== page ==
1848 Liberty Seated dollars are silver coins that are mainly collected by type collectors who build sets of 19th-century United States coins. Seated Liberty silver dollars are coins that bear the Liberty Seated obverse shared with most other silver U.S. denominations of the mid- through late-19th century. U.S. Mint Chief Engraver Christian Gobrecht designed the prototype of the Liberty Seated silver dollar in the late 1830s and the series was first released in 1840. In addition to Liberty Seated silver dollars, Gobrecht also designed other Liberty Seated coins from that era.
Liberty Seated silver dollars were struck until 1873, and they were made at four of the then-operating mints, including those in Philadelphia, New Orleans, San Francisco, and Carson City. However, in 1848, Liberty Seated silver dollars were struck only at the Philadelphia Mint. These large silver coins circulated widely throughout much of the 1840s and 1850s, but they fell out of use as silver prices escalated in the 1850s. That is when they were more commonly used in foreign trade.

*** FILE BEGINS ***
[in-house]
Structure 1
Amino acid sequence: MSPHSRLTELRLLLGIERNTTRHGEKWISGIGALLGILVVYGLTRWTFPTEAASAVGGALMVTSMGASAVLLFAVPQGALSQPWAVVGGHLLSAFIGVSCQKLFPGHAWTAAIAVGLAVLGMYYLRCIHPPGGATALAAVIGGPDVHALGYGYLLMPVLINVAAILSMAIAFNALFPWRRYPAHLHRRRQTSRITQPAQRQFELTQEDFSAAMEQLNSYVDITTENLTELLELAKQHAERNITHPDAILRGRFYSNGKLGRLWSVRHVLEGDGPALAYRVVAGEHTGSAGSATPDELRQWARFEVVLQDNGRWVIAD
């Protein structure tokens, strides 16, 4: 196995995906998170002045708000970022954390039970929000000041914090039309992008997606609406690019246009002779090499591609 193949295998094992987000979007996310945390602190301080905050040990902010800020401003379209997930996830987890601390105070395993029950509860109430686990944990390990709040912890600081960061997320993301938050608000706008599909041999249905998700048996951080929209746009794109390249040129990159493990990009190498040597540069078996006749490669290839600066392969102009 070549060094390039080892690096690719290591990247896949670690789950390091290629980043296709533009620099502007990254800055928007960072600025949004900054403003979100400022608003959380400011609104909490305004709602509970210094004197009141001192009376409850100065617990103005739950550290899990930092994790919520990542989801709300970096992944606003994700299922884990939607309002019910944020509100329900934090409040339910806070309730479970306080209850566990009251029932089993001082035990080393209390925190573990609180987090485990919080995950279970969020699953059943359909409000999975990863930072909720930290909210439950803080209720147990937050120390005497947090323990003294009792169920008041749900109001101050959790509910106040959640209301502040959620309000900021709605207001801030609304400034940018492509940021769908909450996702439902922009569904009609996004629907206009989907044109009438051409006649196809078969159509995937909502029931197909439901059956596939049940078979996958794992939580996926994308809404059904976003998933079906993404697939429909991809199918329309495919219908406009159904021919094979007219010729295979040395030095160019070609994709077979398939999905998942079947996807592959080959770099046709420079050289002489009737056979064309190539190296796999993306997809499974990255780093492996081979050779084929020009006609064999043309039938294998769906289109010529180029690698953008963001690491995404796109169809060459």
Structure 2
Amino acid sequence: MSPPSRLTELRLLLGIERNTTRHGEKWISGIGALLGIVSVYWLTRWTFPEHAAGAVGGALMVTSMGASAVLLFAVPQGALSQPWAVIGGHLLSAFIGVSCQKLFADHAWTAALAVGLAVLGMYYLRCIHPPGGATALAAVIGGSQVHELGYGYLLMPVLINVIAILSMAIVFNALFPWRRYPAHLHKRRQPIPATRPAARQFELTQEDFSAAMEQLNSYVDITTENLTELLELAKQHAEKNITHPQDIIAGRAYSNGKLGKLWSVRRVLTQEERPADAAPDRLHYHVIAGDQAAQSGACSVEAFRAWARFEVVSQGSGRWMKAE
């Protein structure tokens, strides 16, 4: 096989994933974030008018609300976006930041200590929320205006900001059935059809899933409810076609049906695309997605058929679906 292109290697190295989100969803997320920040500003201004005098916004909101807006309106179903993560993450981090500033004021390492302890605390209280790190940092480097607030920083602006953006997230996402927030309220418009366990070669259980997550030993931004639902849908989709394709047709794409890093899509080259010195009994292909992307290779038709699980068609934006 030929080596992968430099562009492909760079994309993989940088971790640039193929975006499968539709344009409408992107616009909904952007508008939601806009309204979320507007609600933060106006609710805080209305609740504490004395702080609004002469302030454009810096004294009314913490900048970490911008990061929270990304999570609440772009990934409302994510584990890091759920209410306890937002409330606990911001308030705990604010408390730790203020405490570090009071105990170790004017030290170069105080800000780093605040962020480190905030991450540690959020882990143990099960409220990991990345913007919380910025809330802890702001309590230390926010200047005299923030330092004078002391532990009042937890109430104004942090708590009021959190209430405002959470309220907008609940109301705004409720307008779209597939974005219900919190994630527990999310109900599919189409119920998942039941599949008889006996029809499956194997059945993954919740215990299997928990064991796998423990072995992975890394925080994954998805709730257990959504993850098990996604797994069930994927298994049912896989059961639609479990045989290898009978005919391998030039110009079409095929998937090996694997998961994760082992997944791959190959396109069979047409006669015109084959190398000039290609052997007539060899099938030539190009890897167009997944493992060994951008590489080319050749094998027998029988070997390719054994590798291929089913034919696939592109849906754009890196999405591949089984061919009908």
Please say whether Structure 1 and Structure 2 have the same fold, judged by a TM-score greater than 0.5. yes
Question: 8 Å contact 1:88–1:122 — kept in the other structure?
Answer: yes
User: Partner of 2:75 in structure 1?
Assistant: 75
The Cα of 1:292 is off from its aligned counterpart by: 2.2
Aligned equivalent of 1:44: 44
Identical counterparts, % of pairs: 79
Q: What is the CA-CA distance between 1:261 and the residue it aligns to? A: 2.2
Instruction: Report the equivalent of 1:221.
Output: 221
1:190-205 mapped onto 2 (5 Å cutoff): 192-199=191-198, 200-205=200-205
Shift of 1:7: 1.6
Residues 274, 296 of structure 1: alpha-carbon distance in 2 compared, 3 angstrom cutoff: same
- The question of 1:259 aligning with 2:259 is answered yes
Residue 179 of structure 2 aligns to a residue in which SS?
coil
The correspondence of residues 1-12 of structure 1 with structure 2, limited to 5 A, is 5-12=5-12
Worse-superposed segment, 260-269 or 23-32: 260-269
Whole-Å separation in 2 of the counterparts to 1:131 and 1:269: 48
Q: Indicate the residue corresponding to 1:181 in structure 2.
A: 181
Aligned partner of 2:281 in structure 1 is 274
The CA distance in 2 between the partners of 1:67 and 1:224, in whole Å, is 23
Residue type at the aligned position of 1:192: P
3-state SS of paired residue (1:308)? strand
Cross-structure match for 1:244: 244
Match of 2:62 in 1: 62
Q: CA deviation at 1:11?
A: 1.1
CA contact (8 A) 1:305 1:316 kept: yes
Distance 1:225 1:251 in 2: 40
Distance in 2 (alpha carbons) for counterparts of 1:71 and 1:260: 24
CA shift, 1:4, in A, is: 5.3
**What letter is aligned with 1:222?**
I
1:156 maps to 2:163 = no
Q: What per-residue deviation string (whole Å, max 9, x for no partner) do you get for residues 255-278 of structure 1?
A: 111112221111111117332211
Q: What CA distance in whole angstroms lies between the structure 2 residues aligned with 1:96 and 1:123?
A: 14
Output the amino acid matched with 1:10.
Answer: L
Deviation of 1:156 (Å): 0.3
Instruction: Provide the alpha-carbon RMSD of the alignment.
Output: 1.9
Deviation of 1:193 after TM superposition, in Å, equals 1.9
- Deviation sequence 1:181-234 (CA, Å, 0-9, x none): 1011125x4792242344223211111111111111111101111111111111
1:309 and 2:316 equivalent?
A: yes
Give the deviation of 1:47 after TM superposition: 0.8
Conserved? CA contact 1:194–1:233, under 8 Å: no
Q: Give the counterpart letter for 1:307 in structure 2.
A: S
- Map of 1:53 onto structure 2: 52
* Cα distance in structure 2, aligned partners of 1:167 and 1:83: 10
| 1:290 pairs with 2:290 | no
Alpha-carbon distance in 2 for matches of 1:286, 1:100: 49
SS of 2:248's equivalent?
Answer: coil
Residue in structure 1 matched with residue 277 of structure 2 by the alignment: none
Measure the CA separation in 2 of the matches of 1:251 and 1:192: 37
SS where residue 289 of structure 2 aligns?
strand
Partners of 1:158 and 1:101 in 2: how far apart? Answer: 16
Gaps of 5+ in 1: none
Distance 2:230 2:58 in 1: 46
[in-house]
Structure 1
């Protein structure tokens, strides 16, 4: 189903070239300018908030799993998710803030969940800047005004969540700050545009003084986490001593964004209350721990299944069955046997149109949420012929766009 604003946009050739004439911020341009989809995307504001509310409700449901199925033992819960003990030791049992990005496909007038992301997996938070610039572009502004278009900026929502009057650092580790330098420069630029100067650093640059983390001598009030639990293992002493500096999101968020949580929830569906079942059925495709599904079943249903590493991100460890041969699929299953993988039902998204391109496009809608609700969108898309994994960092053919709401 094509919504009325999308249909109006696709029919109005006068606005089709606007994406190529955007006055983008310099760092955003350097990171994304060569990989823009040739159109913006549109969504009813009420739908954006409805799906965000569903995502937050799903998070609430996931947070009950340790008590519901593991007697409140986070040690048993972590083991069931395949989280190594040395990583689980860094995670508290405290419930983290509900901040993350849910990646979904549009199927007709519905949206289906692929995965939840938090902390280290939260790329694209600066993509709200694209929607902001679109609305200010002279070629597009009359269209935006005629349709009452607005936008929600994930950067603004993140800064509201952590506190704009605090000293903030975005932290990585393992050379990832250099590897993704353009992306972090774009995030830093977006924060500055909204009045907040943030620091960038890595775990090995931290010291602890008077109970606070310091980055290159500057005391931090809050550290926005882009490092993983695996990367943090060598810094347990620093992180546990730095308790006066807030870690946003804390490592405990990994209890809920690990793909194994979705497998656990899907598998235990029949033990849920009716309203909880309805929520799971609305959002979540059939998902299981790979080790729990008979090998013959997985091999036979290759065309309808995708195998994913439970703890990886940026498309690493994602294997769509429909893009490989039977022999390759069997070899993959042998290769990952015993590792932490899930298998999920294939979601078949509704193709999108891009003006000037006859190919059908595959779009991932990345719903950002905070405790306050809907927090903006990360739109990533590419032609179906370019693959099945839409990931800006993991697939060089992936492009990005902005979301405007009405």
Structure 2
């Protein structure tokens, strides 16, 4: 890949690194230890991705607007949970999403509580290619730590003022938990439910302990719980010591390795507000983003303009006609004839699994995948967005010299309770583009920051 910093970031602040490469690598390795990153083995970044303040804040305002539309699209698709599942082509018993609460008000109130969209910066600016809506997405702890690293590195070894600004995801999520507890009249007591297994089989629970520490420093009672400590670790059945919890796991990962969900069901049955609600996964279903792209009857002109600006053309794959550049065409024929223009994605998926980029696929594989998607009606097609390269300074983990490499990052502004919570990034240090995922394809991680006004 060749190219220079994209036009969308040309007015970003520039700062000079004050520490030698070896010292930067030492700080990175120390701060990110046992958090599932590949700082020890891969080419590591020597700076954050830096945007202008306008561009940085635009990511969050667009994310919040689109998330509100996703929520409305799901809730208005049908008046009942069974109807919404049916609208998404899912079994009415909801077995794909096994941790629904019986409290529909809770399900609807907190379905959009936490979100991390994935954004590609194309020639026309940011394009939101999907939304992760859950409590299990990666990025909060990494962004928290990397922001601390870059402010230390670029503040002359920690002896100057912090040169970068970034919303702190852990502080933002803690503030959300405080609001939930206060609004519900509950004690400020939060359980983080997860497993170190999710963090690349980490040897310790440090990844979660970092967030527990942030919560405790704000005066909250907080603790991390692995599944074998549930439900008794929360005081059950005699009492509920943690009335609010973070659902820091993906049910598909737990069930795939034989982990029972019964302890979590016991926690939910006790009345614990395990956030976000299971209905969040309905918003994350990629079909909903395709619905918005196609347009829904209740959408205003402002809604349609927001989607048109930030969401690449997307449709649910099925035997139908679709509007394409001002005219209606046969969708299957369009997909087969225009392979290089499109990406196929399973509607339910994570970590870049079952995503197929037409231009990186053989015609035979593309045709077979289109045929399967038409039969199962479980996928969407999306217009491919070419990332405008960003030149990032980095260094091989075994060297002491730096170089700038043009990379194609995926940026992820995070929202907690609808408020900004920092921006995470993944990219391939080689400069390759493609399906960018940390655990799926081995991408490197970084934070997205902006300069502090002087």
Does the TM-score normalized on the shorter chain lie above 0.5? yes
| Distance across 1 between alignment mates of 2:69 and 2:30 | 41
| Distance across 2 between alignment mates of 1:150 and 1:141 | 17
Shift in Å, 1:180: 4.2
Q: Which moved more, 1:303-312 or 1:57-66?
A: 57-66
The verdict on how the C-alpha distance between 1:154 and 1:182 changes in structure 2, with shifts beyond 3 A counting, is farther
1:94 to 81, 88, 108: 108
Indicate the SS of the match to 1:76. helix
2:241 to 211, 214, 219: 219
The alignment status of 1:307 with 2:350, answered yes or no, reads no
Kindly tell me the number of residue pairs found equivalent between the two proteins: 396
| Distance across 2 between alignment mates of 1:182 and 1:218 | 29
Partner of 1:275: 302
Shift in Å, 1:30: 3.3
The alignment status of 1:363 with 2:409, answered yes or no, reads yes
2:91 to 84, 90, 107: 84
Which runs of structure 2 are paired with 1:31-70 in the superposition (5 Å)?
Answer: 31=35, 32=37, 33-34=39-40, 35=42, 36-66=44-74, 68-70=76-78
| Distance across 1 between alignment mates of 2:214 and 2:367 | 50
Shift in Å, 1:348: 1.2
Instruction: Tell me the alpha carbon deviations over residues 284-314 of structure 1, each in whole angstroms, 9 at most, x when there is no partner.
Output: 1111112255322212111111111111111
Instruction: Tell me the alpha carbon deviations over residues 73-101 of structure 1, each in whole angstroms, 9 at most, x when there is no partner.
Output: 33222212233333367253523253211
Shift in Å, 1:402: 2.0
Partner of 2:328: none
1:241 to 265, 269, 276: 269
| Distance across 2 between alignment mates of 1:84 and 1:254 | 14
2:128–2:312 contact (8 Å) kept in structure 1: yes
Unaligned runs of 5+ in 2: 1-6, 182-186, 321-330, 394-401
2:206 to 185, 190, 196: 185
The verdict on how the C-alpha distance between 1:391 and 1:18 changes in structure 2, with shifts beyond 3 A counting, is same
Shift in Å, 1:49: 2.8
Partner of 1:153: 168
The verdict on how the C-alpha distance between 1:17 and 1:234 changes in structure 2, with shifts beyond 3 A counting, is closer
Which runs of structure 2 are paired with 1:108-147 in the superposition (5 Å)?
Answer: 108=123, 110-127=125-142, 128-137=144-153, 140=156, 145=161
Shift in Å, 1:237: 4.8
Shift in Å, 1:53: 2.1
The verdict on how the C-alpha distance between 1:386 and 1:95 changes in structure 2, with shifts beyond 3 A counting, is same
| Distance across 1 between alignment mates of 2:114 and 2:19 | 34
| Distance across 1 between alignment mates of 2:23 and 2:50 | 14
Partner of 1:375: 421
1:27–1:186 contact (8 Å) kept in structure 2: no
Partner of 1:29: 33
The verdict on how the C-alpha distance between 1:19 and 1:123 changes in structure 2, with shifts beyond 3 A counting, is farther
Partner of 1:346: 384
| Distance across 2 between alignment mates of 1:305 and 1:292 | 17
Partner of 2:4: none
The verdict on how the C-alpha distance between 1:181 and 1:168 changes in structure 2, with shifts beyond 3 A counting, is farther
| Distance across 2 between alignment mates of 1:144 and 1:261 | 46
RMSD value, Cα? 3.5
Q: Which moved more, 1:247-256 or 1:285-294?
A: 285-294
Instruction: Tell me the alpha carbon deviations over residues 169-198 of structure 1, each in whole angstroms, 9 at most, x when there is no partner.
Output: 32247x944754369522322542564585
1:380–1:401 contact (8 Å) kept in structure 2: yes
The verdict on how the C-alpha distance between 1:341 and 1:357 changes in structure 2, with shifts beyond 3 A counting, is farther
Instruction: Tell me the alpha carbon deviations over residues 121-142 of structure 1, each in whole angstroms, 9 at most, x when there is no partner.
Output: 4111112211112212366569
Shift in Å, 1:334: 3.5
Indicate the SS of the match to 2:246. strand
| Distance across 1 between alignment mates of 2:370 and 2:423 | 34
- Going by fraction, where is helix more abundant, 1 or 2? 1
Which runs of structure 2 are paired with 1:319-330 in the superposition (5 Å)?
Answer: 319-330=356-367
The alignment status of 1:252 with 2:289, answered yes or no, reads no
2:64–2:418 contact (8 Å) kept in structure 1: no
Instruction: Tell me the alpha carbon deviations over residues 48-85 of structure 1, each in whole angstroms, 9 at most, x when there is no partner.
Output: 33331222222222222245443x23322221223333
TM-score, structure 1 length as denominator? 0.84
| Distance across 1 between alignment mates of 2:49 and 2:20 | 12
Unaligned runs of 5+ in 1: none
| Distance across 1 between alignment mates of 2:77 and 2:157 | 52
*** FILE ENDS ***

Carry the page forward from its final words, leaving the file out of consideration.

1848 Liberty Seated dollars were made in very small numbers, with just 15,000 struck during the year. Only a fraction of these still exist, and most of the survivors are in relatively poor condition. 1848 Liberty Seated dollars are worth $375 in a grade of Very Good-8 to $5,000 or more in uncirculated condition. 1848 proofs dollars are valued at around $30,000 and up.
1848 Liberty Seated dollars are made from a composition of 90 percent silver and 10 percent copper, and each coin has 0.77344 ounces, or nearly an ounce, of pure silver. They are 38.1 millimeters in diameter and weigh 26.73 grams, which means Liberty Seated dollars are the same size as Morgan and Peace silver dollars.